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Re: Replacing namespaces

by dragonchild (Archbishop)
on Dec 11, 2001 at 00:14 UTC ( #130763=note: print w/replies, xml ) Need Help??

in reply to Replacing namespaces

This is a very elegant solution to the type of problem you're describing. For those who're confused, what smferris is asking is this:

I have an action I wish to perform on a bunch of data. However, this action is dependent on the type of data I receive. In order to make this as flexible as possible, I'd like to start out in one class (which has a set of actions it can perform), then be able to rebless into another class should that set of actions be insufficient.

I would caution you to do the following:

  • Make sure that the reblessings are in a known tree. In other words, if A doesn't work on X, it will always go to B, not C. If A doesn't work on Y, it goes to C, not B. Make sure that this set of transformations is well-documented.
  • Make sure that the set of transformations document above will cover all your possible needs.
  • Supply a default error case, which fails out with a useful error message.
  • Supply a way to follow the reblessings using some method of logging, even if it's only prints to the screen. Even after debugging the first iteration, leave the debugging in, just in case.
  • Make sure that all the classes use the same data structure hierarchy. In fact, I would build a base class, which supplies the attributes, and have the other classes supply the actions. The base class should have all the actions as virtual methods. (For more info, use Super Search or read Perl OO by Damian Conway.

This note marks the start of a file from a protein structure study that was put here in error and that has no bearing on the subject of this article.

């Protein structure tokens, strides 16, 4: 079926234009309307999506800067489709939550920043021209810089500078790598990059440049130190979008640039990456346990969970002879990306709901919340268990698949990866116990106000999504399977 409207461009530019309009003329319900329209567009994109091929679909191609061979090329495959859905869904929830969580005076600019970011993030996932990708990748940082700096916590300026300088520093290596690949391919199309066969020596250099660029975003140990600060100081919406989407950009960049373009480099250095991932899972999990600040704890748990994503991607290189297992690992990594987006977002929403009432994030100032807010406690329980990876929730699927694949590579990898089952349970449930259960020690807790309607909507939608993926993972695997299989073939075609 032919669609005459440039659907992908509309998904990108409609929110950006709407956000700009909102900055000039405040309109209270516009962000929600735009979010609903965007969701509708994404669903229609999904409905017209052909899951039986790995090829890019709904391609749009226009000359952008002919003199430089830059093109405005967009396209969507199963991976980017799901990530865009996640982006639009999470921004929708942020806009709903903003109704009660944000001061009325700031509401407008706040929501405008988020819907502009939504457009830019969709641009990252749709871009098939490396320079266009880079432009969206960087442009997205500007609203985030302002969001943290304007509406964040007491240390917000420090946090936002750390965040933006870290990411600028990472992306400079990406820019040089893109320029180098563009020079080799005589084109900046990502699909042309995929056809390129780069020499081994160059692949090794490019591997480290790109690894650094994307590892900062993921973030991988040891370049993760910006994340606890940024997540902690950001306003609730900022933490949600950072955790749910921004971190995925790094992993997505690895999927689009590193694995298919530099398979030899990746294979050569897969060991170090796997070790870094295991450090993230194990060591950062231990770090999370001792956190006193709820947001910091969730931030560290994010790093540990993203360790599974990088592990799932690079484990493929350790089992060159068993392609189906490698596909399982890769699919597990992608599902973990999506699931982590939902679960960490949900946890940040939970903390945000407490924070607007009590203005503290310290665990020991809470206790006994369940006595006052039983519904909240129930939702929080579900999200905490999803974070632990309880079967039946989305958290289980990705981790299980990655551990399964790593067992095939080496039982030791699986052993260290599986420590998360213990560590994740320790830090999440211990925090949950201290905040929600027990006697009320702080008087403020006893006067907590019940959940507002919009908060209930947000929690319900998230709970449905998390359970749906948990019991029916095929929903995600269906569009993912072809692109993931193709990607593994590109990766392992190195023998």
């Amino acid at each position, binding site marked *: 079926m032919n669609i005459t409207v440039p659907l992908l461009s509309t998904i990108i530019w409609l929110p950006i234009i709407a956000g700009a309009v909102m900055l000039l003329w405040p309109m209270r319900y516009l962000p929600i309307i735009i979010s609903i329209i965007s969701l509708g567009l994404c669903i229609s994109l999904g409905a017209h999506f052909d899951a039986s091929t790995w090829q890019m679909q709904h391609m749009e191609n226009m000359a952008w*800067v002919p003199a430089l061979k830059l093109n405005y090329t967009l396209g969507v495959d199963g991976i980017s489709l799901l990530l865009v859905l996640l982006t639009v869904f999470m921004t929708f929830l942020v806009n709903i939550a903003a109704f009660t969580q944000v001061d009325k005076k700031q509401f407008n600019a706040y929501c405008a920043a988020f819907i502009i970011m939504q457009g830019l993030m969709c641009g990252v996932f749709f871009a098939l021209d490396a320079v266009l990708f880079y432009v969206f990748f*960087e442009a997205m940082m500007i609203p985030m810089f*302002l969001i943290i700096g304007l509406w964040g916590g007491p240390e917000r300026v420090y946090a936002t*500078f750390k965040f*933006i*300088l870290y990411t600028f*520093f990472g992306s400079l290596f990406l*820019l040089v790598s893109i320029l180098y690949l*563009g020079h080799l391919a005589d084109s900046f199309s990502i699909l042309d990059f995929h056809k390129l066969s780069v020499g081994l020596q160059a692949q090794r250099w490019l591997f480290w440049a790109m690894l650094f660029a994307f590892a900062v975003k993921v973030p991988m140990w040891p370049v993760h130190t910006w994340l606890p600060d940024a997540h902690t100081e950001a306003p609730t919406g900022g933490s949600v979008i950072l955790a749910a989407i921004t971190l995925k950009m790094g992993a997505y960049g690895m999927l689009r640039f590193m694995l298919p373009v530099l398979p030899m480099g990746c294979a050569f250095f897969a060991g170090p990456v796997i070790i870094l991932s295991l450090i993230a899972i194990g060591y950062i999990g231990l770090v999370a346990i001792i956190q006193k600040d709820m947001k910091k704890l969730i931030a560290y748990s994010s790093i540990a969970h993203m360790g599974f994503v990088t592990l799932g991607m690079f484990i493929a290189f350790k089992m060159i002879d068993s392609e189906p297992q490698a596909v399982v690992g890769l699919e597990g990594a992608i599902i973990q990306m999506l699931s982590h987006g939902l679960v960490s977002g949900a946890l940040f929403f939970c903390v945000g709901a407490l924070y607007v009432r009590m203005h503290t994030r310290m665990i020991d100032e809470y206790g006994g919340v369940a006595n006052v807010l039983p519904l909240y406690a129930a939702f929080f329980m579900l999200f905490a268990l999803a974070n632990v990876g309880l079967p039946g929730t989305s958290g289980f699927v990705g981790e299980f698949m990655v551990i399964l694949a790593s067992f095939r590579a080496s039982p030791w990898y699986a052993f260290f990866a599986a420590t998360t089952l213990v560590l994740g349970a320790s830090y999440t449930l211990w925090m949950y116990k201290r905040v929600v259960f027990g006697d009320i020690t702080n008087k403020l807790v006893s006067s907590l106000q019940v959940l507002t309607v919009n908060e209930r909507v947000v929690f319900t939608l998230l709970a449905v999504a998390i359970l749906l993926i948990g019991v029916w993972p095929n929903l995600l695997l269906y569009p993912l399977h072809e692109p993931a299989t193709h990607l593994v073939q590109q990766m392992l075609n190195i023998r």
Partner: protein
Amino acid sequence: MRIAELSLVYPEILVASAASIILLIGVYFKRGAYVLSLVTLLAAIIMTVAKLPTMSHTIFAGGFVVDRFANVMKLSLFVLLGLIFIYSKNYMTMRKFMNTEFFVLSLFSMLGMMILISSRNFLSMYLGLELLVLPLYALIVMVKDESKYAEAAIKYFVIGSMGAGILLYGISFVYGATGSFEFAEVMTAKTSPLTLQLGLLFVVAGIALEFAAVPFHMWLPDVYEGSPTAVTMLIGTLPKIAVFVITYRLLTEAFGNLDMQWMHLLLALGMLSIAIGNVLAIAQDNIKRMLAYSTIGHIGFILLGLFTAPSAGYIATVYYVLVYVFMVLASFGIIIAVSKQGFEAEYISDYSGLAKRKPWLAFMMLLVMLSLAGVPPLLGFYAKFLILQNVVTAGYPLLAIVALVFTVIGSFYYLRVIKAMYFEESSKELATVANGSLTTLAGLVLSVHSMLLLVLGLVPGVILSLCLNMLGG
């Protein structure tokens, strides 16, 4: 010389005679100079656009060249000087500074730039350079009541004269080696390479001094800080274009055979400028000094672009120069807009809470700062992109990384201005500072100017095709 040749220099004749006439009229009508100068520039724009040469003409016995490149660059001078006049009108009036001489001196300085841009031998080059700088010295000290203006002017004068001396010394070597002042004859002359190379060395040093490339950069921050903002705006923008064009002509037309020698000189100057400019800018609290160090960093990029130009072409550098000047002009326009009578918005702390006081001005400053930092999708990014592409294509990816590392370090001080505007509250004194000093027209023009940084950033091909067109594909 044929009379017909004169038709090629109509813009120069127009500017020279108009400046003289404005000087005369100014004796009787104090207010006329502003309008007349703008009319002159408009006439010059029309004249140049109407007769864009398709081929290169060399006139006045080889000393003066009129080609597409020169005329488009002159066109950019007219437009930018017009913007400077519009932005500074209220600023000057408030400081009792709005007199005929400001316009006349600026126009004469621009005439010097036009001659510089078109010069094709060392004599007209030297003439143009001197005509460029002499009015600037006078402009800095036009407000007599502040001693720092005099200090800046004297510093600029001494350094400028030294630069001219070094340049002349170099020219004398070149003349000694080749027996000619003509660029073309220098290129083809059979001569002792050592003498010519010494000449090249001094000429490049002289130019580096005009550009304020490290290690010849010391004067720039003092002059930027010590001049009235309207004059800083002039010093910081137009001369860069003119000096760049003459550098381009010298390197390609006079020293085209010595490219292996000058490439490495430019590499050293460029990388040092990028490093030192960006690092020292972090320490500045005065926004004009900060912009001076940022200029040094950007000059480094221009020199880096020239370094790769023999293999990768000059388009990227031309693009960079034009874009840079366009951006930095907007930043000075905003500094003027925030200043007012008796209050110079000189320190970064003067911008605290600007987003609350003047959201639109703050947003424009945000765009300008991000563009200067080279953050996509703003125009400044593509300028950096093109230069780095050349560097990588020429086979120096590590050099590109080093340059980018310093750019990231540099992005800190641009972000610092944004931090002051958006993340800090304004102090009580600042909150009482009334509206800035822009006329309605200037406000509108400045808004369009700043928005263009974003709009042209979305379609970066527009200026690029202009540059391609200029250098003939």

We are the carpenters and bricklayers of the Information Age.

Don't go borrowing trouble. For programmers, this means Worry only about what you need to implement.

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Re(2): Replacing namespaces
by dmmiller2k (Chaplain) on Dec 11, 2001 at 20:09 UTC

    I concur; this is a very elegant solution, kind of like a dynamic dispatcher.

    Expanding upon the concept of making sure the reblessings are in a known tree, what you are describing appears to be a Finite State Machine.

    Given a current state (class A) and event (X fails), a new state (class B) is chosen; or, alternatively for a different event (Y fails), a different new state (class C) is selected.

    Construct a table with all possible states down the Y-axis and events across the X-axis, thus documenting the permitted state transitions. Here a dash (-) represents illegal states (i.e., should not happen, is an error if it does):

    state | event X | event Y | event Z -------+-----------+-----------+----------- A | B | C | E -------+-----------+-----------+----------- B | D | - | E -------+-----------+-----------+----------- C | E | - | - -------+-----------+-----------+----------- | | | ... etc. | | | -------+-----------+-----------+----------- E | - | - | B -------+-----------+-----------+-----------

    There are probably other ways to track a complex transition graph, but I've gotten great use out of this qapproach.


    You can give a man a fish and feed him for a day ...
    Or, you can
    teach him to fish and feed him for a lifetime

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